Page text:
Mets must replace Feliciano, Takahashi

PORT ST. LUCIE, Fla. -- Workhorse left-handers Pedro Feliciano and Hisanori Takahashi departed the New York Mets as free agents, receiving two-year, $8 million deals from the Yankees and Angels, respectively.

So just who will bridge the gap from the starting rotation to closer Francisco Rodriguez in 2011?

And who will not only match Feliciano's success against National League East left-handed batters, but also duplicate his durability?

Those are major questions manager Terry Collins must determine in spring training.

Feliciano set franchise records for appearances in three straight years -- 86 in 2008, 88 in 2009 and 92 last season -- while having success against the Phillies' top left-handed hitters. Ryan Howard has a .194 career average against Feliciano. Chase Utley's career average is .222. They have a combined three homers in 72 at-bats.

"When you've had a guy that's pitched in 90 games two or three or four years in a row, do we have that kind of a guy? I hope so," Collins said. "I really hope that he's in this camp. And Takahashi obviously did a great job coming out of the bullpen last year."

In terms of getting the ball to K-Rod, Collins foresees a one-two punch of right-handers D.J. Carrasco and Bobby Parnell.

Carrasco, who went a combined 3-2 with a 3.68 ERA in 63 relief appearances with the Pirates and Diamondbacks last season, received the only multiyear deal given to a free agent by general manager Sandy Alderson during the offseason -- two years, $2.4 million.

Parnell opened last season at Triple-A Buffalo, received a June call-up and ultimately went 0-1 with a 2.83 ERA in 41 appearances before being shut down with two weeks remaining in the season because of an inflamed plica in his right elbow.

"I've talked to Bobby already," Collins said. "Carrasco is going to get us to him. He's going to get us to K-Rod."

As for who will retire the division's lefty hitters, Collins said having a specific lefty-on-lefty specialist is overrated. Still, the Mets signed a pair of left-handers to minor league deals: ex-Marlin Taylor Tankersley and ex-Astro Tim Byrdak. Tankersley has held lefty batters to a .223 average over parts of four major league seasons. Byrdak has held lefty batters to a .202 average over nine major league seasons.

Collins also advised not to discount former Nationals left-hander Mike O'Connor, who spent last season entirely with Triple-A Buffalo.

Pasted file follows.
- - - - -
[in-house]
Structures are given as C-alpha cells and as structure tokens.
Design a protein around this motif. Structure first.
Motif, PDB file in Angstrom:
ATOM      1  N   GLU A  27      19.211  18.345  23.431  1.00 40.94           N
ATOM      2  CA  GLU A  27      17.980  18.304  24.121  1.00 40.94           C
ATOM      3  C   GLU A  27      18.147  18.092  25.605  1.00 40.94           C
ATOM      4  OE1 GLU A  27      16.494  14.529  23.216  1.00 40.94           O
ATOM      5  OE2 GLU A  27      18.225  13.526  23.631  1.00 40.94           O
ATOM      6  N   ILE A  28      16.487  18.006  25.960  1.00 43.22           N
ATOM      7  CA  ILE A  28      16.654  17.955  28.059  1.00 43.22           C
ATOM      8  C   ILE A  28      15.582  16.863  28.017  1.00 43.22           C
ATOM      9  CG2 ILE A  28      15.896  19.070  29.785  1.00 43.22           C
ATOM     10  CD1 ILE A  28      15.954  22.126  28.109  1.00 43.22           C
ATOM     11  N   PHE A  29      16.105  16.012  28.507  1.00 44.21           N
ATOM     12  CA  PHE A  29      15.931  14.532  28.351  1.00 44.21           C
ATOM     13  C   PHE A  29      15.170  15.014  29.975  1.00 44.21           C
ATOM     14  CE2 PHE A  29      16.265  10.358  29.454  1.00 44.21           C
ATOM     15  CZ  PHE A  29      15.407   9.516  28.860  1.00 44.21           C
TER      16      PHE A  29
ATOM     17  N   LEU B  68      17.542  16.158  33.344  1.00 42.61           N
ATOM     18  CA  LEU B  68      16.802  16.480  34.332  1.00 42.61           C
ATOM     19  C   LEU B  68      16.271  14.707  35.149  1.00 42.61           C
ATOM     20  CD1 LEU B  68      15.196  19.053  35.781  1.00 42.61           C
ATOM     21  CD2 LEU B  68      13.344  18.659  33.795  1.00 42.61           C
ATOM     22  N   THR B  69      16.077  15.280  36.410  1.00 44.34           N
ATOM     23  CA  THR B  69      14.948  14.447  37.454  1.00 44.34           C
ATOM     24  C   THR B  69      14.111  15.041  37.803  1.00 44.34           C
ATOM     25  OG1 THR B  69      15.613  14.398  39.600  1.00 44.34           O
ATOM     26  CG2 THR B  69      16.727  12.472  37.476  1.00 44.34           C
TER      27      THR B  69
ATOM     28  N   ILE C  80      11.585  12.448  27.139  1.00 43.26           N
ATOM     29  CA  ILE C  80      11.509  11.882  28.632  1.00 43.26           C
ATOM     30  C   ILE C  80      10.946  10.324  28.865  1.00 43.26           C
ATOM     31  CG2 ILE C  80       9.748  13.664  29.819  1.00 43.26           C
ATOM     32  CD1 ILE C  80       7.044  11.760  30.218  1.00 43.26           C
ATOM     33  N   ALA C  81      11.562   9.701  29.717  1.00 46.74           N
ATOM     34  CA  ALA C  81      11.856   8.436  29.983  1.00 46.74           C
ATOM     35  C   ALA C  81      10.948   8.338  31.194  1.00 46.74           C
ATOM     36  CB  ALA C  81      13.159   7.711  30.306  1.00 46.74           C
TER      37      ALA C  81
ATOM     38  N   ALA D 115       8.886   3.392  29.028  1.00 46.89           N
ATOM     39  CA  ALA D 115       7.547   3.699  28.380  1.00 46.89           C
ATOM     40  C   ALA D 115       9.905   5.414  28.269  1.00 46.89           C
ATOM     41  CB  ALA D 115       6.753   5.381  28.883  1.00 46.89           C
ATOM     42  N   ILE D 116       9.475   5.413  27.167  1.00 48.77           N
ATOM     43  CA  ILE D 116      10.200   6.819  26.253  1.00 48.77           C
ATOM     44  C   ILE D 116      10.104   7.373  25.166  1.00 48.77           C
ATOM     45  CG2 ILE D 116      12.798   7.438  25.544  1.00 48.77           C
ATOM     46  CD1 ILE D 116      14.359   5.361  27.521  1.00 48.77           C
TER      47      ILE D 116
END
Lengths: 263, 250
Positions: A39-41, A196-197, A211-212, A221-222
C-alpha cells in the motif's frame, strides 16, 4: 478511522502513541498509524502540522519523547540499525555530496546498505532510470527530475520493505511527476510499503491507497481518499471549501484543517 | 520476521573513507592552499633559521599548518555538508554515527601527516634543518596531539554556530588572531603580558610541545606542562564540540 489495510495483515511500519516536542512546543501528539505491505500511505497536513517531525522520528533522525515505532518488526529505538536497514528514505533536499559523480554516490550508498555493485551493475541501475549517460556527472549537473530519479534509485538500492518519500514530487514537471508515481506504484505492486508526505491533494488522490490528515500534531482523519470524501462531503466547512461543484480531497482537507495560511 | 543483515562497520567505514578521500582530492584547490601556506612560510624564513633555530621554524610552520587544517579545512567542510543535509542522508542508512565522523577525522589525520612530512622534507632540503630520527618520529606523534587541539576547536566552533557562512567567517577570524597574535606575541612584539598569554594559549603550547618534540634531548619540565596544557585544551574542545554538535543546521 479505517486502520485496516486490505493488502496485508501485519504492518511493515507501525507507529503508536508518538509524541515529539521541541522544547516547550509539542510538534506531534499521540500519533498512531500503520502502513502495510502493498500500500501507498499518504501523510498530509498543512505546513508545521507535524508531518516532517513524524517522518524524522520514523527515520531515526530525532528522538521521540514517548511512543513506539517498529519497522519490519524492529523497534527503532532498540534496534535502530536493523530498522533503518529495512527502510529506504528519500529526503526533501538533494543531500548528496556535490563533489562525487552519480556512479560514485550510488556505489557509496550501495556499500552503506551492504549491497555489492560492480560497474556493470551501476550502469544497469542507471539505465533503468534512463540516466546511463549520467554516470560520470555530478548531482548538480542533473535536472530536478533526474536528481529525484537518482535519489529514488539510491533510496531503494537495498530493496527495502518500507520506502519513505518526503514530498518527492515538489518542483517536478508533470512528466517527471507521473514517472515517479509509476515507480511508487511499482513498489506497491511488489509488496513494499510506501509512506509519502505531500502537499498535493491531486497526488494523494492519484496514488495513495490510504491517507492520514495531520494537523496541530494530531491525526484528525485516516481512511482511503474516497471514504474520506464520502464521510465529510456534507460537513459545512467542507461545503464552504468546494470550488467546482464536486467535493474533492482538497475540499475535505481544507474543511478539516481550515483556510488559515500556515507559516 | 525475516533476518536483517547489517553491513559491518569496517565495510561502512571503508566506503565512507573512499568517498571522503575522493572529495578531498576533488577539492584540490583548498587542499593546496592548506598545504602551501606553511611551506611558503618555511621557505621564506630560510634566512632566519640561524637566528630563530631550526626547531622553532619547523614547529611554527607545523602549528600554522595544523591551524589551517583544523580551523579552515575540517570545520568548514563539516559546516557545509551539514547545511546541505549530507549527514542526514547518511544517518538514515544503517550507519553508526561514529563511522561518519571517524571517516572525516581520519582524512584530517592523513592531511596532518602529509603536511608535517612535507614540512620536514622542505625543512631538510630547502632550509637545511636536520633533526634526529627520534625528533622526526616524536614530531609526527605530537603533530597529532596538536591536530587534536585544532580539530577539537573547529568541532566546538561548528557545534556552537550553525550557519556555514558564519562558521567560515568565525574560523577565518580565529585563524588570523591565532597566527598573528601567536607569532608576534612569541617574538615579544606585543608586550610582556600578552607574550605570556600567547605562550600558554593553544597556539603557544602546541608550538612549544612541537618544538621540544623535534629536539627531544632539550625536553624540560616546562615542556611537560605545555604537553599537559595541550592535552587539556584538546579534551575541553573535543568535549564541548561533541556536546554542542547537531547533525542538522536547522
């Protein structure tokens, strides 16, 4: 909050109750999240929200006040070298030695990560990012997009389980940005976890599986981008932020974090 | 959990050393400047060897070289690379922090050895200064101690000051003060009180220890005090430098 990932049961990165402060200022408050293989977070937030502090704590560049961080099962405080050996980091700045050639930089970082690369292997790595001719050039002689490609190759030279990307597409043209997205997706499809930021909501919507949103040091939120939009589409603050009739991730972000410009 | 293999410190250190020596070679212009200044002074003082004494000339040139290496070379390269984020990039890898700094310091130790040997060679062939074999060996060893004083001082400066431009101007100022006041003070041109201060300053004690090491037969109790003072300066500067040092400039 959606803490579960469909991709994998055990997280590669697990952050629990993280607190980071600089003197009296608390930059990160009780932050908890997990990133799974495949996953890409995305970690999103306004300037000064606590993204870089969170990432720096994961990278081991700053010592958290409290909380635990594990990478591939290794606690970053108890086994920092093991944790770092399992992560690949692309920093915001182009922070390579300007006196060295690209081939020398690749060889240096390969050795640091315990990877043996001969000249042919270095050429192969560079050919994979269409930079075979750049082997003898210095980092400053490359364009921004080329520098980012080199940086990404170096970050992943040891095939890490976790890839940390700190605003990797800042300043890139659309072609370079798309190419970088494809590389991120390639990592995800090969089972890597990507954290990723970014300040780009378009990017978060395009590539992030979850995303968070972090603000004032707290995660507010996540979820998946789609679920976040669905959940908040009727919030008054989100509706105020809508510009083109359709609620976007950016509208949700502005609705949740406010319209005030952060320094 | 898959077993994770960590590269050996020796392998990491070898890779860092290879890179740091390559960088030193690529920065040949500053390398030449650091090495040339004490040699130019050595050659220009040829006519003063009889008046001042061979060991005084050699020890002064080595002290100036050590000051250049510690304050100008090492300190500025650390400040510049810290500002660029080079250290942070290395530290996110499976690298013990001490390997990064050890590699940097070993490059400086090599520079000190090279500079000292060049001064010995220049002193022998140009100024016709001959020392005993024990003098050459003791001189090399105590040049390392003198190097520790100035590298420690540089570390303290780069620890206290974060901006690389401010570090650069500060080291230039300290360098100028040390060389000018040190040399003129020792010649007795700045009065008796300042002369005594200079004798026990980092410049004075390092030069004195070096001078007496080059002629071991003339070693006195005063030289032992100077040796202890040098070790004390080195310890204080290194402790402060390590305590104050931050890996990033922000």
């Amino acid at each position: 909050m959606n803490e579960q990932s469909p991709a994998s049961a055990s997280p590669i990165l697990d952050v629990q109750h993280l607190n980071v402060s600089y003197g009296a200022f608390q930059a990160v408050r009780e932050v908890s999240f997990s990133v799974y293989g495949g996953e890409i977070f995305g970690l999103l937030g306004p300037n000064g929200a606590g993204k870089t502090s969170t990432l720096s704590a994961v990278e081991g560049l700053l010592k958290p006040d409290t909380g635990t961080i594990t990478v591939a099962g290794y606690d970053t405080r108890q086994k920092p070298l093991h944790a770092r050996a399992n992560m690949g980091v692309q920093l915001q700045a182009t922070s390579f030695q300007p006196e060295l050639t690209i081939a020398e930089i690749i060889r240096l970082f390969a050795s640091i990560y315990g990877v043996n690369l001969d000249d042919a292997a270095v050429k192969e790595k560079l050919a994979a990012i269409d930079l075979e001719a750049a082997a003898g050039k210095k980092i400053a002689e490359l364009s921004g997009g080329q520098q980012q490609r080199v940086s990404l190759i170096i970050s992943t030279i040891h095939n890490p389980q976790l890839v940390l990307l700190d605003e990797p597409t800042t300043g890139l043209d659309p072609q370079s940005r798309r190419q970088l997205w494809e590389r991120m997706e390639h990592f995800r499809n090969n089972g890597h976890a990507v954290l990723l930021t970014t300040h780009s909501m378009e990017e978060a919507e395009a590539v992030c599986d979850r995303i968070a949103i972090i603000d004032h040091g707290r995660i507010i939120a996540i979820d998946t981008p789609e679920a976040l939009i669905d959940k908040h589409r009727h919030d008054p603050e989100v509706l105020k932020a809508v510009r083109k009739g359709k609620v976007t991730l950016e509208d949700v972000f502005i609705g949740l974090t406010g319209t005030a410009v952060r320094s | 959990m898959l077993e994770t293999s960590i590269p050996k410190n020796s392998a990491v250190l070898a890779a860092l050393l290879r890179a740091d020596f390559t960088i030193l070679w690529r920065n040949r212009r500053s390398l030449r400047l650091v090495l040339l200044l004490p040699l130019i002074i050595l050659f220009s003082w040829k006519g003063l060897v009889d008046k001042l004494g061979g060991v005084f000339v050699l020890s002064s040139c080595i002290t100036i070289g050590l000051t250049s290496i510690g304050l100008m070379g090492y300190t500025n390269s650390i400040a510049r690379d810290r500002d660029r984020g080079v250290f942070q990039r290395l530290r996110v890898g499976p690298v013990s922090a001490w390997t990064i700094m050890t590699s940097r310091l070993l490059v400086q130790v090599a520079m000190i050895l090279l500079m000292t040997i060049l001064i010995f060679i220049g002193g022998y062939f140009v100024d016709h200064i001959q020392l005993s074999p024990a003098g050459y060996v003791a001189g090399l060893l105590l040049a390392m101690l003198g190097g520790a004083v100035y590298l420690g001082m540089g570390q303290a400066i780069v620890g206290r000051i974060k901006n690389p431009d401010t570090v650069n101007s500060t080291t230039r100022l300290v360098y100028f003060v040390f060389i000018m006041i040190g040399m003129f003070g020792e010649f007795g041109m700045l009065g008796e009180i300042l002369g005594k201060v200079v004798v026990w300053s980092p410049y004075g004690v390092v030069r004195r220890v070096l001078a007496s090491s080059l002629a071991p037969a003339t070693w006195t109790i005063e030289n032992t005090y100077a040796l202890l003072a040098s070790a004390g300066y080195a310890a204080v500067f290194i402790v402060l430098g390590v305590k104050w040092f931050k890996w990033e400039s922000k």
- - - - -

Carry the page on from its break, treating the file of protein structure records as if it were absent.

"What I saw last year in Triple-A, all he did was get people out," Collins said of O'Connor. "He's got a little different delivery and throws all of his pitches for strikes. We're going to give him a shot."

Added third baseman David Wright: "I think sometimes it gets a little overrated as far as the matchups go with lefty-lefty, righty-righty. If you've got a righty that can go out there and get lefties out, I don't think that's too big of a deal. But we've got some lefties that can fill that role as far as going out there and attacking some pretty good left-handed hitters.

"The biggest thing that people don't mention much is that we still with Frankie [Rodriguez] at the end of that bullpen have got one of the better closers in the league shoring up the ninth. So if we could just bridge that gap and have some guys step up, that's really when you get a good bullpen -- when you get a little mix of those homegrown guys and then go out there and have some hidden gems that you bring into camp."

Rodriguez's legal situation stemming from striking his girlfriend's father at Citi Field is resolved, assuming the closer attends mandated weekly anger-management sessions for a year, including during spring training in Florida.

The closer made a pair of appearances in the Venezuelan winter league after undergoing surgery to repair a torn ligament in his right thumb, so the biggest question with K-Rod will be whether he finishes 55 games. If Rodriguez reaches that total -- which he achieved five straight seasons before 2010 -- his contract will kick in for $17.5 million for 2012. Otherwise, the Mets owe him a $3.5 million buyout in addition to his $11.5 million salary for this season.

Collins indicated he did not know yet whether the Mets will carry six or seven relievers -- since it directly affects whether the Mets carry five or six bench players. But given teams more often go with seven-man bullpens, and given the Mets' starting rotation might not go deep into games (particularly with Chris Young and Chris Capuano yet to reestablish themselves following surgeries), seven seems like a safer bet.

If that's the case, who gets the nods beyond K-Rod, Parnell and Carrasco?

Right-hander Taylor Buchholz went 1-0 with a 3.75 ERA in nine appearances with the Rockies and Blue Jays last season after missing all of the previous year due to Tommy John surgery. An elite setup man in 2008 with Colorado, he would be logical as a fourth member of the relief corps.

Tankersley, Byrdak or O'Connor could emerge as No. 5 and the lefty specialist.

In a seven-man 'pen, that leaves room for a long reliever, potentially left-hander Pat Misch, who is out of options and would need to clear waivers to be sent to the minors.

And if all that materializes, one spot remains for a large field that includes Rule 5 pick Pedro Beato, Ryota Igarashi (owed $1.75 million in 2011), Manny Acosta, Oliver Perez and the other two left-handers from that specialist competition.

The Mets have indicated Jenrry Mejia is poised to open the season in Buffalo's rotation to develop as a starting pitcher.

"That's what the camp is going to be about -- the competition for those last few spots," Collins said.